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Epidemiology for the uninitiated
Epidemiology is the study of how often diseases occur in different groups of people and why. Epidemiological information is used to plan and evaluate strategies to prevent illness and as a guide to the management of patients in whom disease has already developed.
Like the clinical findings and pathology, the epidemiology of a disease is an integral part of its basic description. The subject has its special techniques of data collection and interpretation, and its necessary jargon for technical terms. This short book aims to provide an ABC of the epidemiological approach, its terminology, and its methods. Our only assumption will be that readers already believe that epidemiological questions are worth answering. This introduction will indicate some of the distinctive characteristics of the epidemiological approach.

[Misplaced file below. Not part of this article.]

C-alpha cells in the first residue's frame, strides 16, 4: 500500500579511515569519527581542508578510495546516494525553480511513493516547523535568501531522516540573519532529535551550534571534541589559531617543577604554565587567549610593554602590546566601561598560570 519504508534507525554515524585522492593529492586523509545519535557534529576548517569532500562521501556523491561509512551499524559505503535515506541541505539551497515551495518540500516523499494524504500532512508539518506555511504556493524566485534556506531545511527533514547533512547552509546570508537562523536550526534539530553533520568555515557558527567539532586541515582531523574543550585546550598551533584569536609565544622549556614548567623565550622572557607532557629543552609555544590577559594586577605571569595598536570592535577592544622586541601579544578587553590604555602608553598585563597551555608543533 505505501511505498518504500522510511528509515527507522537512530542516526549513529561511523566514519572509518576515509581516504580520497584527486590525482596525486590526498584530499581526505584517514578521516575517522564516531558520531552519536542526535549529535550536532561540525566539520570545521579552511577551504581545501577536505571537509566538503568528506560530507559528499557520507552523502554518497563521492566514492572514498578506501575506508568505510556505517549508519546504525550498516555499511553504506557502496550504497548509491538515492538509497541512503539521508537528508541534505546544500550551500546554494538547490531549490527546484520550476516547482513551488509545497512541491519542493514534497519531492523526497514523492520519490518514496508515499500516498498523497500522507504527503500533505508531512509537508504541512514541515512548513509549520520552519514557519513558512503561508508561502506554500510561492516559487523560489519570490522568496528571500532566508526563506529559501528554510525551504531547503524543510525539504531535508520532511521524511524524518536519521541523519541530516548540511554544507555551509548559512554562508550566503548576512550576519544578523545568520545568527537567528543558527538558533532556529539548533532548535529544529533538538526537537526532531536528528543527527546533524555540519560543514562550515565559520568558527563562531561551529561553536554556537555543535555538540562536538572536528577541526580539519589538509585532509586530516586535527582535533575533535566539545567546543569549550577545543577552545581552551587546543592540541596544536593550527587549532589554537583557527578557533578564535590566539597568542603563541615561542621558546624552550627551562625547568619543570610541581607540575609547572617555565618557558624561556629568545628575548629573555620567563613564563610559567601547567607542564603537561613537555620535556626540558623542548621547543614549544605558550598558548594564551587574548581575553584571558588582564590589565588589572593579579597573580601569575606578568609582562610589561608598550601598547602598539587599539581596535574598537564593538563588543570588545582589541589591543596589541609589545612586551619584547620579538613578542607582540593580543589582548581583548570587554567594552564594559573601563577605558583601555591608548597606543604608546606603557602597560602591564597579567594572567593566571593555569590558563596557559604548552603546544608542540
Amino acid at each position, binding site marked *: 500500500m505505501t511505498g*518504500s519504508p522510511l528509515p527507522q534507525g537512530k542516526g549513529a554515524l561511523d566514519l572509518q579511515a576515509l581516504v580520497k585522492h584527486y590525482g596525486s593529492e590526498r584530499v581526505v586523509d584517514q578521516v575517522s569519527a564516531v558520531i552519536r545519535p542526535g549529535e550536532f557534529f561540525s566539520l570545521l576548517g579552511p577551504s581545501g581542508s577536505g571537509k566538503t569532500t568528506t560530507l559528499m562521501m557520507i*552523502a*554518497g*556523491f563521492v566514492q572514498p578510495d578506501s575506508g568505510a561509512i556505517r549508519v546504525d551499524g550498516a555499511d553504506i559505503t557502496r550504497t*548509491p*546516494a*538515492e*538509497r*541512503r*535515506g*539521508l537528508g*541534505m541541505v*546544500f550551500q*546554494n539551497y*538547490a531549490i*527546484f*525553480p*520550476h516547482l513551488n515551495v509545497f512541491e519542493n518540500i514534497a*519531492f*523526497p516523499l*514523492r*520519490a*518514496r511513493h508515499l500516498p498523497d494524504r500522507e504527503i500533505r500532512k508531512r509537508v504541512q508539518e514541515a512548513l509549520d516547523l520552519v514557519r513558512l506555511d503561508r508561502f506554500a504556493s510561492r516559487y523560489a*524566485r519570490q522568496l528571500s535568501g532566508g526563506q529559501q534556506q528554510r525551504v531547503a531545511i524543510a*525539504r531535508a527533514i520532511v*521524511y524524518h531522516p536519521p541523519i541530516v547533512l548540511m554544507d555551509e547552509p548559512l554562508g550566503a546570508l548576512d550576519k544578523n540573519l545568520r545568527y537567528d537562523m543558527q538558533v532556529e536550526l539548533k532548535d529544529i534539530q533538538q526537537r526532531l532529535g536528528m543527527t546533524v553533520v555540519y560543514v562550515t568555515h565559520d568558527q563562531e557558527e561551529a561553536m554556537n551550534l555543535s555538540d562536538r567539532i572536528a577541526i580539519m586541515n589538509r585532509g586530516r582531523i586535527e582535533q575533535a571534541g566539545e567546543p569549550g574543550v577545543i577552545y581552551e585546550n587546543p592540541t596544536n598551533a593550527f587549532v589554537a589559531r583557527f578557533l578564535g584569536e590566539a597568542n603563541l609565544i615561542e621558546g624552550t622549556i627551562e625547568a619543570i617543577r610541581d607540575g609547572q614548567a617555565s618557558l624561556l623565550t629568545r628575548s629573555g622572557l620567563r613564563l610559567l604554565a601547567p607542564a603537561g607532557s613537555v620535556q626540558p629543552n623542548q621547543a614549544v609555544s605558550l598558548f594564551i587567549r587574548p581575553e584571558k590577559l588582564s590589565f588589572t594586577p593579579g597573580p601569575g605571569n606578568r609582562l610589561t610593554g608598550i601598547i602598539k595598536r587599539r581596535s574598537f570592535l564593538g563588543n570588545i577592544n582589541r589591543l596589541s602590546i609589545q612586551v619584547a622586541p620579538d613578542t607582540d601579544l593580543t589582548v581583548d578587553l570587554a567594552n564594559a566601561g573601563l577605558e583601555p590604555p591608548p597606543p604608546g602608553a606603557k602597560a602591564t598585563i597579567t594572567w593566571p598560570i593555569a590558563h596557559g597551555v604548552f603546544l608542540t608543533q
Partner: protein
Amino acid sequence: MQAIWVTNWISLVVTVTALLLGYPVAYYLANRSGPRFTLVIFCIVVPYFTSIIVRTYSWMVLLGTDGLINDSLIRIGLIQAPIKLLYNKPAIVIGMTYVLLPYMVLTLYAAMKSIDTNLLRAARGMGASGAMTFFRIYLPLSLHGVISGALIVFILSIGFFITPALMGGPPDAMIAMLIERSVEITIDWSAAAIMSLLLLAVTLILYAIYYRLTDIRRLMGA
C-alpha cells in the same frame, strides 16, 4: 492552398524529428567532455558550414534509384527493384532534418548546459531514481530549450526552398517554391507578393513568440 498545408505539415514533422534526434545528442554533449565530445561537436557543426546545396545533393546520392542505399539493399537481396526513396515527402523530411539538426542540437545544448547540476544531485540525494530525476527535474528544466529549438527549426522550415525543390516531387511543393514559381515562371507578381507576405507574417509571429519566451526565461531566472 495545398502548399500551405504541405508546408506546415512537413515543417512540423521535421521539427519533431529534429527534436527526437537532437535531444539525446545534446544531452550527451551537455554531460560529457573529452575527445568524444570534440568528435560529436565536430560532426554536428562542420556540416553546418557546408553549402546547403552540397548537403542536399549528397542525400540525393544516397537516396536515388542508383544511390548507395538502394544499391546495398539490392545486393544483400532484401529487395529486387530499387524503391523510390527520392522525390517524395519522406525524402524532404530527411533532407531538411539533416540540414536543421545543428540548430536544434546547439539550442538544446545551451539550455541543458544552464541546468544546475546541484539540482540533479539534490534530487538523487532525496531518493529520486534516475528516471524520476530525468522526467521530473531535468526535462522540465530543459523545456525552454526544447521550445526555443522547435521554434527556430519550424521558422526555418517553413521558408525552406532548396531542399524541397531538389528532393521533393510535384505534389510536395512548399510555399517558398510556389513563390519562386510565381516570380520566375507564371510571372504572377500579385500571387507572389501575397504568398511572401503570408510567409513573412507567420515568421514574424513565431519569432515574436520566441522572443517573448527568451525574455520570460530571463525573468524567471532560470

Authors of Epidemiology for the uninitiated, fourth edition
D Coggon PHD, DM, FRCP, FFOM
Reader in Occupational and Environmental Medicine, Medical Research Council Environmental Epidemiology Unit, University of Southampton, Southampton General Hospital, Southampton UK
Geoffrey Rose DM, DSC, FRCP, FFPHM
Late Emeritus Professor of Epidemiology, Department of Epidemiology, London School of Hygiene and Tropical Medicine, London UK
DJP Barker, PHD, MD, FRCP, FFPHM, FRCOG
Professor of Clinical Epidemiology and Director, Medical Research Council Environmental Epidemiology Unit, University of Southampton, Southampton General Hospital, Southampton UK
- 1. What is epidemiology?
- 2. Quantifying disease in populations
- 3. Comparing disease rates
- 4. Measurement error and bias
- 5. Planning and conducting a survey
- 6. Ecological studies
- 7. Longitudinal studies
- 8. Case-control and cross sectional studies
- 9. Experimental studies
- 10. Screening
- 11. Outbreaks of disease
- 12. Reading epidemiological reports
- 13. Further reading